Get a checking AND a savings account.
Perhaps I am mistaken but I don't believe doing any of the above will affect your credit.
Correct, but the point was not that these things affected credit. Instead the point was that these things affected credit card offers received in the mail.

I bought a TV with store credit when I was a student without a job. That led to credit card offers and things snowballed from there.
I recall getting rejected by an offer I got in the mail when I had no credit.

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PaddyMac
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Post by PaddyMac » Sat Feb 05, 2011 12:44 am

When I moved from the UK to the US I had no trouble getting a credit card. Have you tried a normal card? I think I also opened a couple of joint cards with my spouse but put my name first. Then I opened one in my name only.

If your wife has ever had a UK credit card, you might talk with the rep and give them the VISA number - maybe they can look it up.

If you do have to have any dealings with immigration, then do put your wife's name on all the bills. They like to see those details.

DaveS
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Post by DaveS » Sat Feb 05, 2011 6:05 am

Before you get a secured credit card, make sure it reports to the credit bureaus. Not all do. Basically anything that reports will get you a decent score in a year assuming no negatives.

Then think of the possibilities. You can get a bigger house than you need, spend more money than you have on a car. The possibilities are endless. Dave

555
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Post by 555 » Sat Feb 05, 2011 6:18 am

I got a "signature loan" for $5k from a credit union that I was depositting my paychecks into. At that time I was an "alien" with no credit history. 2 years later I got a mortgage.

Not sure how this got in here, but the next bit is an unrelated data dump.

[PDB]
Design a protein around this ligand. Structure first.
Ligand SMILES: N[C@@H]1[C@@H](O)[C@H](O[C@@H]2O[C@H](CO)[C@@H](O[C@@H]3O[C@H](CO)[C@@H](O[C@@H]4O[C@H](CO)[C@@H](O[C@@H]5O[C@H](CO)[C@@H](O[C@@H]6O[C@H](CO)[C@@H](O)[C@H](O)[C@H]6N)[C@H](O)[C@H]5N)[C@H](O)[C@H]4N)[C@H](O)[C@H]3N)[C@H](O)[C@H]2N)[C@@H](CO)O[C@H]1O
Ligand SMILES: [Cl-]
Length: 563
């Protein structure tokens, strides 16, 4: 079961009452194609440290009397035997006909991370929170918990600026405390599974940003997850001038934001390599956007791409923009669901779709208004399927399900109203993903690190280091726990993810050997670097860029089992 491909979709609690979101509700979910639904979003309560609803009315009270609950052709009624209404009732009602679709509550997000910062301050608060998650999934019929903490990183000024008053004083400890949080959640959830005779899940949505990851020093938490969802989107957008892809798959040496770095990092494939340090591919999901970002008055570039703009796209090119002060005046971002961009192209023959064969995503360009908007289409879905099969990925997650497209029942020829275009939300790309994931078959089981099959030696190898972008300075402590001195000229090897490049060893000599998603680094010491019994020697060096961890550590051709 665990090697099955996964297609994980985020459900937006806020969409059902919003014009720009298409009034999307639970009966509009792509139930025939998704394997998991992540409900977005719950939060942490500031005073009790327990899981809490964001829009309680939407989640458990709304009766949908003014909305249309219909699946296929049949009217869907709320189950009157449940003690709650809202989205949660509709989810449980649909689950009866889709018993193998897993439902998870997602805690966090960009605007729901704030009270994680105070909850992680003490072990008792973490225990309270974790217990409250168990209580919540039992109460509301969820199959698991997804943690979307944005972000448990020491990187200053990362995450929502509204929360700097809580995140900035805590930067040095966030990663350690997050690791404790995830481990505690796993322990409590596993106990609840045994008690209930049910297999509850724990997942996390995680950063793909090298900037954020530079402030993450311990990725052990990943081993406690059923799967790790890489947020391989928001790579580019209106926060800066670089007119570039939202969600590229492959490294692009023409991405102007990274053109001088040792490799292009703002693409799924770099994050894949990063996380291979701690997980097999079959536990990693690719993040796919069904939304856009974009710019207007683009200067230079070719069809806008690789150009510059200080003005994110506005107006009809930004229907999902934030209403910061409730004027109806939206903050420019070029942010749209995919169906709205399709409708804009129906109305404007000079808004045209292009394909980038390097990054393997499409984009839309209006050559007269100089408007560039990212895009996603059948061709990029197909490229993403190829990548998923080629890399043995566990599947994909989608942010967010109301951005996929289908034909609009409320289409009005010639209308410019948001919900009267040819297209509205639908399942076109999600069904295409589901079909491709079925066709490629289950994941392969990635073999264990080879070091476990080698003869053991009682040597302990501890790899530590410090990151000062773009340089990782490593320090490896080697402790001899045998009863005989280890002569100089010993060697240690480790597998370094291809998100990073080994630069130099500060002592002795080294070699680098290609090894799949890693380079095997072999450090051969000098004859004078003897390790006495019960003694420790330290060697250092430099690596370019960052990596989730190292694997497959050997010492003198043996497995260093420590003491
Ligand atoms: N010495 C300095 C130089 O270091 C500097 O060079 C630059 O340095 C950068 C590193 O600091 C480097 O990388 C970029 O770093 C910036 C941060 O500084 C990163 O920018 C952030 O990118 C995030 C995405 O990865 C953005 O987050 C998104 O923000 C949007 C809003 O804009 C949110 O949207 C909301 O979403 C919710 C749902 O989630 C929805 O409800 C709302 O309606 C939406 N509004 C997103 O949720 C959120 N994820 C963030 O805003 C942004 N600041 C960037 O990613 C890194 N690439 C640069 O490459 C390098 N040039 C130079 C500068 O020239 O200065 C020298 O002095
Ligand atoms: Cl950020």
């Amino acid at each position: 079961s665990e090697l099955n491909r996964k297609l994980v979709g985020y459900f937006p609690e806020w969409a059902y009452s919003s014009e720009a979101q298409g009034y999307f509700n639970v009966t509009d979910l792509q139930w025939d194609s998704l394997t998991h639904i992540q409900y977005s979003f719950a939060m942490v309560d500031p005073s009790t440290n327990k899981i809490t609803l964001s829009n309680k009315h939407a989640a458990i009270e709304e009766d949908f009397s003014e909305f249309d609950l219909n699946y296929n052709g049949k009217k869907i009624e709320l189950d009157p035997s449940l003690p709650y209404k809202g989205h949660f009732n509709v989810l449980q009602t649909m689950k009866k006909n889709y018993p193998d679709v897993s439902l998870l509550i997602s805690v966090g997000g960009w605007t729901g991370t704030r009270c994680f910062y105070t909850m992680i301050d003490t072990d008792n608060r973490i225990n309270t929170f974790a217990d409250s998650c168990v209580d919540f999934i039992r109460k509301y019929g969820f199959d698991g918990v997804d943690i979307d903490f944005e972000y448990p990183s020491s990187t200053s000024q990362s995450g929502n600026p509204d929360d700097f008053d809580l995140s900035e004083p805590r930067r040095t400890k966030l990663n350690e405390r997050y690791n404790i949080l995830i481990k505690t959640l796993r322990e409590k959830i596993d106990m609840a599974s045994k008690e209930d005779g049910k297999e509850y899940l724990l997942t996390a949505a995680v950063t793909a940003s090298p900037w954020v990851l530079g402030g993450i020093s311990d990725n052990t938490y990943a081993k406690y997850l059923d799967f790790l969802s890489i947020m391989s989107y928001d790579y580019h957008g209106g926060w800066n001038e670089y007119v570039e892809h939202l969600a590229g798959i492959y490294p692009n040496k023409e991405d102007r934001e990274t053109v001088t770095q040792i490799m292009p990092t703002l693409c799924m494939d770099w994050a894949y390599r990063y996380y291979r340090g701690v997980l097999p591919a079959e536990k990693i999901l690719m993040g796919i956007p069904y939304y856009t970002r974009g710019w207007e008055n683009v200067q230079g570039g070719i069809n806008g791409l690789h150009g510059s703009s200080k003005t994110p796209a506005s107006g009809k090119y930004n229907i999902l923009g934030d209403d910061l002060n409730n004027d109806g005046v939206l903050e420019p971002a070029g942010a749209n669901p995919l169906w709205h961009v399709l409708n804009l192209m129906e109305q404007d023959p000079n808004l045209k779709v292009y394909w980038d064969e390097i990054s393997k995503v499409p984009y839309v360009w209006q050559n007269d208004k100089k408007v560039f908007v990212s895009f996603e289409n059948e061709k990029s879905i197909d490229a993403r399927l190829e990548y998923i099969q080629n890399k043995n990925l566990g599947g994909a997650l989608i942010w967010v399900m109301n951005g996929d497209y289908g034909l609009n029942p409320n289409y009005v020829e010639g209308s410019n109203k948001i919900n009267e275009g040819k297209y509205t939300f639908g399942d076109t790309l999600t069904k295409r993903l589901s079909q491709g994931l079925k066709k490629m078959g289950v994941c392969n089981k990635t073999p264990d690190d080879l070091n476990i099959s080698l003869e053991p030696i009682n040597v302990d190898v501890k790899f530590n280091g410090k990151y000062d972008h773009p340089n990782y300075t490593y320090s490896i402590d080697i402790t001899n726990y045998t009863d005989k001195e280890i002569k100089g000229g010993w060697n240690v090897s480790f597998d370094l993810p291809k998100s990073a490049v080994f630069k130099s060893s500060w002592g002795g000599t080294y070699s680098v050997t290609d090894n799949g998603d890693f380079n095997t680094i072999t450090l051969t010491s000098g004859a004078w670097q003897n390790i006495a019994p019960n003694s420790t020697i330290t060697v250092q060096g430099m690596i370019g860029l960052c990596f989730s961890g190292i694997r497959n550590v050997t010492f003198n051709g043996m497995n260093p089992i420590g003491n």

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Houston101
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Post by Houston101 » Mon Feb 07, 2011 10:07 am

I have already added her name to my credit card. Will her name also be reported to the credit bureaus?

For all the secured credit cards you have to pay a annual fee of $18 - $30. I don't want to pay fees for establishing credit!

mptfan
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Post by mptfan » Mon Feb 07, 2011 10:10 am

UnLearnYourself wrote: 3. Google "Optoutprescreen", and submit your name. What this does is make it so credit card companies cannot access your info and "pre approve" you for cards. This might sound counterintuitive to you since you're trying to get a card right now, but it does a few things. One, it boosts your credit score slightly because credit companies view you as less of a risk if you don't have credit card companies knocking at your door all the time.
Really? I have never heard this before. And how do credit card companies know that other credit card companies are "knocking on your door all the time?" I thought that if a credit card company checked your credit report to decide whether to offer you credit, that this was called a "soft pull" and it did not affect your credit score?

arthurb999
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Post by arthurb999 » Mon Feb 07, 2011 10:22 am

If your married, why does she need good credit?

Default User BR
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Post by Default User BR » Mon Feb 07, 2011 10:48 am

arthurb999 wrote:If your married, why does she need good credit?
If they apply for any loan jointly.



Brian

arthurb999
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Post by arthurb999 » Mon Feb 07, 2011 11:10 am

Default User BR wrote:
arthurb999 wrote:If your married, why does she need good credit?
If they apply for any loan jointly.



Brian
Assuming he makes more money than she does... don't they use the primary borrower's (highest wage earner) credit score.

windscorpion
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Post by windscorpion » Mon Feb 07, 2011 11:31 am

A secured loan from credit union worked for my friend, no fees at all.